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Type: Journal article
Title: Environmental factors and seasonality affect the concentration of rotundone in Vitis vinifera L. cv. Shiraz wine
Author: Zhang, P.
Howell, K.
Krstic, M.
Herderich, M.
Barlow, E.
Fuentes, S.
Citation: PLoS One, 2015; 10(7):e0133137-1-e0133137-21
Publisher: Public Library of Science
Issue Date: 2015
ISSN: 1932-6203
Statement of
Pangzhen Zhang, Kate Howell, Mark Krstic, Markus Herderich, Edward William R. Barlow, Sigfredo Fuentes
Abstract: Rotundone is a sesquiterpene that gives grapes and wine a desirable 'peppery' aroma. Previous research has reported that growing grapevines in a cool climate is an important factor that drives rotundone accumulation in grape berries and wine. This study used historical data sets to investigate which weather parameters are mostly influencing rotundone concentration in grape berries and wine. For this purpose, wines produced from 15 vintages from the same Shiraz vineyard (The Old Block, Mount Langi Ghiran, Victoria, Australia) were analysed for rotundone concentration and compared to comprehensive weather data and minimal temperature information. Degree hours were obtained by interpolating available temperature information from the vineyard site using a simple piecewise cubic hermite interpolating polynomial method (PCHIP). Results showed that the highest concentrations of rotundone were consistently found in wines from cool and wet seasons. The Principal Component Analysis (PCA) showed that the concentration of rotundone in wine was negatively correlated with daily solar exposure and grape bunch zone temperature, and positively correlated with vineyard water balance. Finally, models were constructed based on the Gompertz function to describe the dynamics of rotundone concentration in berries through the ripening process according to phenological and thermal times. This characterisation is an important step forward to potentially predict the final quality of the resultant wines based on the evolution of specific compounds in berries according to critical environmental and micrometeorological variables. The modelling techniques described in this paper were able to describe the behaviour of rotundone concentration based on seasonal weather conditions and grapevine phenological stages, and could be potentially used to predict the final rotundone concentration early in future growing seasons. This could enable the adoption of precision irrigation and canopy management strategies to effectively mitigate adverse impacts related to climate change and microclimatic variability, such as heat waves, within a vineyard on wine quality.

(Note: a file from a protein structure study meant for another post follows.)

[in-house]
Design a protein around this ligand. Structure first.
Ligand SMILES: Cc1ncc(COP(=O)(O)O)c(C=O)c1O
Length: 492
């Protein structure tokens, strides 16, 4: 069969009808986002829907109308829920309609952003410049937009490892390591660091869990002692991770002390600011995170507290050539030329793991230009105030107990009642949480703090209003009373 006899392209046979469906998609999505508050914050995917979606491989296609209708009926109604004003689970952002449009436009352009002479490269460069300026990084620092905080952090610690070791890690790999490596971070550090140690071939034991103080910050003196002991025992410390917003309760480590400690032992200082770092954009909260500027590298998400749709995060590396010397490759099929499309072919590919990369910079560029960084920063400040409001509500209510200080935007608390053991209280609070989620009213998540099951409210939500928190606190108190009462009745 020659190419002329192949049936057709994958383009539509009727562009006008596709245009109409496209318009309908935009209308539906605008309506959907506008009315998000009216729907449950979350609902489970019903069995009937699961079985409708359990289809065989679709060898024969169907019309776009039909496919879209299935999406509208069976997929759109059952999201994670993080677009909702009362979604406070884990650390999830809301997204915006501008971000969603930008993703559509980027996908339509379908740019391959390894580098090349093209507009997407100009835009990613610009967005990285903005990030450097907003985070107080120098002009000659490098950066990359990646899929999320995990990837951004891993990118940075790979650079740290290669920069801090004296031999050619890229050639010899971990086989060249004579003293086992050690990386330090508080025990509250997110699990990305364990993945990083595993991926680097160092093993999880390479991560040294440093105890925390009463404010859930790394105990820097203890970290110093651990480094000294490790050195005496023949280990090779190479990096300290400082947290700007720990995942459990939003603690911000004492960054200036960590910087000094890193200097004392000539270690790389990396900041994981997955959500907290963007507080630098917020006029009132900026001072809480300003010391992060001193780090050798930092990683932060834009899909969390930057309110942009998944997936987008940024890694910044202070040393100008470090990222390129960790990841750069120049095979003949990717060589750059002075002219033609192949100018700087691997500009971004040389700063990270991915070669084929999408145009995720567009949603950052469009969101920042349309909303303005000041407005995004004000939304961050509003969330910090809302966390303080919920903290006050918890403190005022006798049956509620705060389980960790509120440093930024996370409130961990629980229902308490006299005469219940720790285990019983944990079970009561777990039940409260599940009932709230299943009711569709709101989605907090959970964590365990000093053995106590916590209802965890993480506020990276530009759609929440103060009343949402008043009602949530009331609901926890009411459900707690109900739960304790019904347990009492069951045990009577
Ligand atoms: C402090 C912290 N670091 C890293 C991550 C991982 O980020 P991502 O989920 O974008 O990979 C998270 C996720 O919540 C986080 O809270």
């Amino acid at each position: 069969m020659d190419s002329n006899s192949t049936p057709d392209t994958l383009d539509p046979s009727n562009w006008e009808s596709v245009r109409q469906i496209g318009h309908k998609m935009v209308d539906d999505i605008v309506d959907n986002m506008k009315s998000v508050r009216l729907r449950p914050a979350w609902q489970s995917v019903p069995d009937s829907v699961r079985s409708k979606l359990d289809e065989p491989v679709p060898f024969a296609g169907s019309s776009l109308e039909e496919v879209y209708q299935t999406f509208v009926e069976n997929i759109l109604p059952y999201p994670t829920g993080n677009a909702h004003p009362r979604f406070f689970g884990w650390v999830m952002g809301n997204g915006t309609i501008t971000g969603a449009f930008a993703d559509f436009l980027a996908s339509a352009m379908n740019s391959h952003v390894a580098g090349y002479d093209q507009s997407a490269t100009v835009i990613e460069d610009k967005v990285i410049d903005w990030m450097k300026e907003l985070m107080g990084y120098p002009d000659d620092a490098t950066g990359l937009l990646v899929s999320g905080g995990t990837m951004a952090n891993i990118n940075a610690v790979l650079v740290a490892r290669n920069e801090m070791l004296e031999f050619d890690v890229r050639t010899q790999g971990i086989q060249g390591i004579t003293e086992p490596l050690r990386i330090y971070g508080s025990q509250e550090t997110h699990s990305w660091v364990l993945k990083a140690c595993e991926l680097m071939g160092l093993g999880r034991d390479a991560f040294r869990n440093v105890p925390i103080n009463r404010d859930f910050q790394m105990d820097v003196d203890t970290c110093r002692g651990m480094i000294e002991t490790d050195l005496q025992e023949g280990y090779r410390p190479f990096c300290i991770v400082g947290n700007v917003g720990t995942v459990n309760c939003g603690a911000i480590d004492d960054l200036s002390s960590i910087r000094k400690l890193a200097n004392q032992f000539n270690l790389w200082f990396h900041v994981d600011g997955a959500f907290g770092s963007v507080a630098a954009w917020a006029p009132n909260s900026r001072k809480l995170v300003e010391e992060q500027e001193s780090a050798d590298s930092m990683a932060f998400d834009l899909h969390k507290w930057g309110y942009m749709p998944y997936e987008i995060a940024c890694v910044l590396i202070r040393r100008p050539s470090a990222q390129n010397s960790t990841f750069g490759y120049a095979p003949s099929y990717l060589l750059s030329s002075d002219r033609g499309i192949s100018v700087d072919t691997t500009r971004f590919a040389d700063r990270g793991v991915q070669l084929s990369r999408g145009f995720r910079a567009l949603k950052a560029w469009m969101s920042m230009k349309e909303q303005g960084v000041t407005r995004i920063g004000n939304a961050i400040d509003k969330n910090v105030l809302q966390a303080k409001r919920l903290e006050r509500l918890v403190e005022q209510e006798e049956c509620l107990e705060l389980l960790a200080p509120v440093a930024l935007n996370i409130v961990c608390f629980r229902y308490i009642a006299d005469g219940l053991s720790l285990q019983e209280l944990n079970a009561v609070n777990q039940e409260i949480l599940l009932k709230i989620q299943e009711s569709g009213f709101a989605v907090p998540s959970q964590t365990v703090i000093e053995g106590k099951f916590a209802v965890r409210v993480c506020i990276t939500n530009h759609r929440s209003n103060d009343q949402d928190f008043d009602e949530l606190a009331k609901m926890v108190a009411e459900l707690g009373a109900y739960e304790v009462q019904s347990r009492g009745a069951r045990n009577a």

Keywords: Humans; Vitis; Fruit; Sesquiterpenes; Models, Statistical; Humidity; Temperature; Climate; Fermentation; Principal Component Analysis; Wine; Victoria; Climate Change; Odorants
Rights: © 2015 Zhang et al. This is an open access article distributed under the terms of the Creative Commons Attribution License, which permits unrestricted use, distribution, and reproduction in any medium, provided the original author and source are credited
RMID: 0030042241
DOI: 10.1371/journal.pone.0133137
Appears in Collections:Agriculture, Food and Wine publications

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